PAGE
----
BLACKFOOT, Idaho — A cobalt mining operation and hydrometallurgical refining facility could be built in Idaho, pending mine financing.

Capital Corp., U.S., a wholly owned subsidiary of eCobalt Solutions Inc., received an economic feasibility study that outlines the development of a cobalt mining operation near Salmon, Idaho, and hydrometallurgical refining facility on a railhead in neighboring Blackfoot, Idaho. The project is known as the Idaho Cobalt Project and is owned by eCobalt’s wholly owned subsidiary, Formation Capital Corp., U.S.

Construction of the project is contingent upon the successful conclusion of mine financing. If completed, the Idaho Cobalt Project will be designed to produce cobalt for the rechargeable batteries market.

“The buzz on electric cars is making it happen,” said Llee Chapman, Formation Capital Corp. vice president of administration.

Chapman has more than 30 years of experience in the mining industry, including time in Elko, where he was involved in politics and the community, and later served for about five months as the director and CEO of Veris Gold Corp., which sold its Elko County mines in 2015 to Spott Mining Inc., according to Elko Daily Free Press archives.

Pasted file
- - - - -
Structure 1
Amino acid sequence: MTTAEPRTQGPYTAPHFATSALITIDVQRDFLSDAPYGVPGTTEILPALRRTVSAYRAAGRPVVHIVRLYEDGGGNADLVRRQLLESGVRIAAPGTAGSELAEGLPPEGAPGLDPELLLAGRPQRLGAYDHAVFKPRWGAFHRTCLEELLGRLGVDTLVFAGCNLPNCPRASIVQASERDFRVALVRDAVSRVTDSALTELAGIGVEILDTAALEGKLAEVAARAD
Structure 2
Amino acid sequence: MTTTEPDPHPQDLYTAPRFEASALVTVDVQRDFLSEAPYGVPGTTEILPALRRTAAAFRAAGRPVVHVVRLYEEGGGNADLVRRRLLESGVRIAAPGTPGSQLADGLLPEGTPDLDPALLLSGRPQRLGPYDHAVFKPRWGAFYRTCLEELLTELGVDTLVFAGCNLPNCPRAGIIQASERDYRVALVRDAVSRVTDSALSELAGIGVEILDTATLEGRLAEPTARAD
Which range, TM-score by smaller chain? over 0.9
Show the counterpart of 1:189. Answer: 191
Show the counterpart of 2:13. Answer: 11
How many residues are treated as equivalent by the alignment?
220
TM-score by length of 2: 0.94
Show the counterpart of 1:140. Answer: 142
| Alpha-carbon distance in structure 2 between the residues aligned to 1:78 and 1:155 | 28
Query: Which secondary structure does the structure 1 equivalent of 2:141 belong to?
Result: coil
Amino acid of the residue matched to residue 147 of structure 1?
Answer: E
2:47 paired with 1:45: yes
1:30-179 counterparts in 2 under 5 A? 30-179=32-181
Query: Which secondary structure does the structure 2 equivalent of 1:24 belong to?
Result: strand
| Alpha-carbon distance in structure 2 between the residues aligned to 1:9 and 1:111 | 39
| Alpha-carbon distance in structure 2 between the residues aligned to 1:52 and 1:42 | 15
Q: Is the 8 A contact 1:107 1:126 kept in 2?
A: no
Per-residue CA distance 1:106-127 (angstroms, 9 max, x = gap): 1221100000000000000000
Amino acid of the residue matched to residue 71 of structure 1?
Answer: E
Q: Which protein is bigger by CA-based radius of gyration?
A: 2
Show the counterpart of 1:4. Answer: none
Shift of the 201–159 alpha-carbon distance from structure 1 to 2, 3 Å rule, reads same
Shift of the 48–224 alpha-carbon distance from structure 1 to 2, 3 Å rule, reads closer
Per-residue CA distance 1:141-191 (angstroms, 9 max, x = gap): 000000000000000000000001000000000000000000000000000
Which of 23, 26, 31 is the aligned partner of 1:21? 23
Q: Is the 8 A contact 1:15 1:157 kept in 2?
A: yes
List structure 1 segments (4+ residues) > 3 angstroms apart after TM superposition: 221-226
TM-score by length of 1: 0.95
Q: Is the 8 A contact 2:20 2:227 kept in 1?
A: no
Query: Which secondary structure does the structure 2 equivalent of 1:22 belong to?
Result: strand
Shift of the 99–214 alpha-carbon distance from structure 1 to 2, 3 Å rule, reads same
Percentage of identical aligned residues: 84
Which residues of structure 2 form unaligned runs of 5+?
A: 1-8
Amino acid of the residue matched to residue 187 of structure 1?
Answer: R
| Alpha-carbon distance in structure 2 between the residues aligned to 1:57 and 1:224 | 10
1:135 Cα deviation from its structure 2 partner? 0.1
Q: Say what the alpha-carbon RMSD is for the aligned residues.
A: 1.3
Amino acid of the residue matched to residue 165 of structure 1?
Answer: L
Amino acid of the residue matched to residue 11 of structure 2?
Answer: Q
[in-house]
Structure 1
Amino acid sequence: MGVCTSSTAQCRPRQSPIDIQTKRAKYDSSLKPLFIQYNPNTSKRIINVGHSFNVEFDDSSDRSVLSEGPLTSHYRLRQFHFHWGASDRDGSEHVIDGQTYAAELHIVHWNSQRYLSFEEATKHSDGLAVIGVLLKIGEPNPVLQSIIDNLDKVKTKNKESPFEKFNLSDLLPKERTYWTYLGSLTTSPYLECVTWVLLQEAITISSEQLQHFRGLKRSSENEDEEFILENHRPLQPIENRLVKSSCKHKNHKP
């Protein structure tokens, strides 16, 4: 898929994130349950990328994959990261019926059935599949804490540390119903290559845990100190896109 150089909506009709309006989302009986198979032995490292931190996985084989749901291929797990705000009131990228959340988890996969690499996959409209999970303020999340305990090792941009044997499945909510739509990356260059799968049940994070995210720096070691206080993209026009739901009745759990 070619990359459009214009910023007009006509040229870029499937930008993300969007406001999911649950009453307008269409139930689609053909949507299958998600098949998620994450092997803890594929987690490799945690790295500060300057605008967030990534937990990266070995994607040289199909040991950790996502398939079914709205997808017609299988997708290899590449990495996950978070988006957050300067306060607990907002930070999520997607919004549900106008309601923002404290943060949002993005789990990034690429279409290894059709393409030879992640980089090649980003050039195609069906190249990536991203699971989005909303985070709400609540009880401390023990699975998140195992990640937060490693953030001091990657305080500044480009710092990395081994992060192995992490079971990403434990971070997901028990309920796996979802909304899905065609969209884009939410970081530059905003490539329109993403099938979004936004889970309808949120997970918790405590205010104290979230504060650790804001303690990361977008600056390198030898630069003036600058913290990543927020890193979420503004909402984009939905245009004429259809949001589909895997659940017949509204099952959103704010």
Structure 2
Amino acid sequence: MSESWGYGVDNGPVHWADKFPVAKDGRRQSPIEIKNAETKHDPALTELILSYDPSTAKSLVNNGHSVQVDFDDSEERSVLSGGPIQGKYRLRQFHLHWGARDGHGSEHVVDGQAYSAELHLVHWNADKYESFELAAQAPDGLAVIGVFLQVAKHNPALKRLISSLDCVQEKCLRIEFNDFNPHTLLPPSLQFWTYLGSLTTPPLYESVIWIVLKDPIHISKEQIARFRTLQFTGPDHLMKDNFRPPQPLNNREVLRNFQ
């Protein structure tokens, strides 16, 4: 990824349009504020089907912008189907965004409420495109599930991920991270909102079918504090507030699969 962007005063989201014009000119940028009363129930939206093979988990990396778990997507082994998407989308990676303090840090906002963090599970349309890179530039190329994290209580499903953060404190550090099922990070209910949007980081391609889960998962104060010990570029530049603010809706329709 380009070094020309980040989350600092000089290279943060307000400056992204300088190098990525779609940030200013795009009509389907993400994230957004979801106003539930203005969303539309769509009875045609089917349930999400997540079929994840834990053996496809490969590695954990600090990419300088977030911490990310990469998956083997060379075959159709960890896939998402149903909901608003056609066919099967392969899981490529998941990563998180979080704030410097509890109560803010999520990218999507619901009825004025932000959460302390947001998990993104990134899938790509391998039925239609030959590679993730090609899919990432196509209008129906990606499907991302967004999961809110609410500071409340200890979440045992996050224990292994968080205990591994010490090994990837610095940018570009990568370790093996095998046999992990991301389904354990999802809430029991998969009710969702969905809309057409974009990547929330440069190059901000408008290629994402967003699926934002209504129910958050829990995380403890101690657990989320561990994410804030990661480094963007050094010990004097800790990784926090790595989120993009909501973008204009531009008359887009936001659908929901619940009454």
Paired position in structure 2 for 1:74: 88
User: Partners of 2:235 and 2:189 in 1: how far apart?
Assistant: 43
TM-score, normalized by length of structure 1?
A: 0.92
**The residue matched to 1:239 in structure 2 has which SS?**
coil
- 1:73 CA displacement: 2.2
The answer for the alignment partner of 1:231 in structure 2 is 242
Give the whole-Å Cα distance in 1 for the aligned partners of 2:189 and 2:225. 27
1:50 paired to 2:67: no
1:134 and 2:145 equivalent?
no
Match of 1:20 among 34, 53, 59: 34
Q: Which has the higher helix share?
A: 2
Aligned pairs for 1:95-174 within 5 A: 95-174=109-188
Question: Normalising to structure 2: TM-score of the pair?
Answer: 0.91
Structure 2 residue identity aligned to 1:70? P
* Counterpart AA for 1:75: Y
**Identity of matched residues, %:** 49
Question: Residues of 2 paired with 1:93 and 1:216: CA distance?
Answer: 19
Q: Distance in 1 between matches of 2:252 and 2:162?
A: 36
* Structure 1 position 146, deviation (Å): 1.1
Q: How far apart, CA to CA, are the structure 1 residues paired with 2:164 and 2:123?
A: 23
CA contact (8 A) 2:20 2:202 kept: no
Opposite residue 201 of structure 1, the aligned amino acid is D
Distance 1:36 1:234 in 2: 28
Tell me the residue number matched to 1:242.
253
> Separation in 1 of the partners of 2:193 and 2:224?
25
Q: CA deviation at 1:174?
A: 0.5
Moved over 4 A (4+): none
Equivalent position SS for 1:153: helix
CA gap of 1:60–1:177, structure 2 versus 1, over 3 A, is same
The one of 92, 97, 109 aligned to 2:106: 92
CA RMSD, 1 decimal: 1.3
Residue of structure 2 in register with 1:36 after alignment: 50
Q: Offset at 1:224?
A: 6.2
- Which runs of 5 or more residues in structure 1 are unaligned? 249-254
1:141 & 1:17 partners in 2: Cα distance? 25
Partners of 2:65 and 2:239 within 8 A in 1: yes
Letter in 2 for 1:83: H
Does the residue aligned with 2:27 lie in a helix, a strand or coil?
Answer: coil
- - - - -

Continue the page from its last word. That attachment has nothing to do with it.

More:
Chapman said that most of the country’s cobalt comes from the Congo, Russia and Australia, adding that “the world is going to need a lot more.”

The total initial capital cost is estimated at $187 million with additional sustaining, reclamation and closure costs of $101 million totaling $288 million.

Approximately 160 jobs would be created at the Idaho Cobalt Project, including 65 in Blackfoot.

According to the recently completed company feasibility study, the eCobalt mine would produce a cobalt/copper/gold concentrate then processes to produce cobalt sulfate heptahydrate, which is used in the production of rechargeable batteries. The company has already invested more than $65 million in Salmon’s mining operation.

 “The economic impact the mining and refining operations would have to this region is enormous,” said Jan Rogers, CEO of Regional Economic Development for Eastern Idaho.

The refinery would be the “only one in the free world,” Chapman said.

Paul Farquharson, president and C.E.O. of eCobalt also touted the need for cobalt.

“Our project is an important development for the battery supply chain enabling access to a secure, stable, ethically sourced and environmentally sound supply of battery grade cobalt sulphate, mined safely and responsibly in the United States,” he said.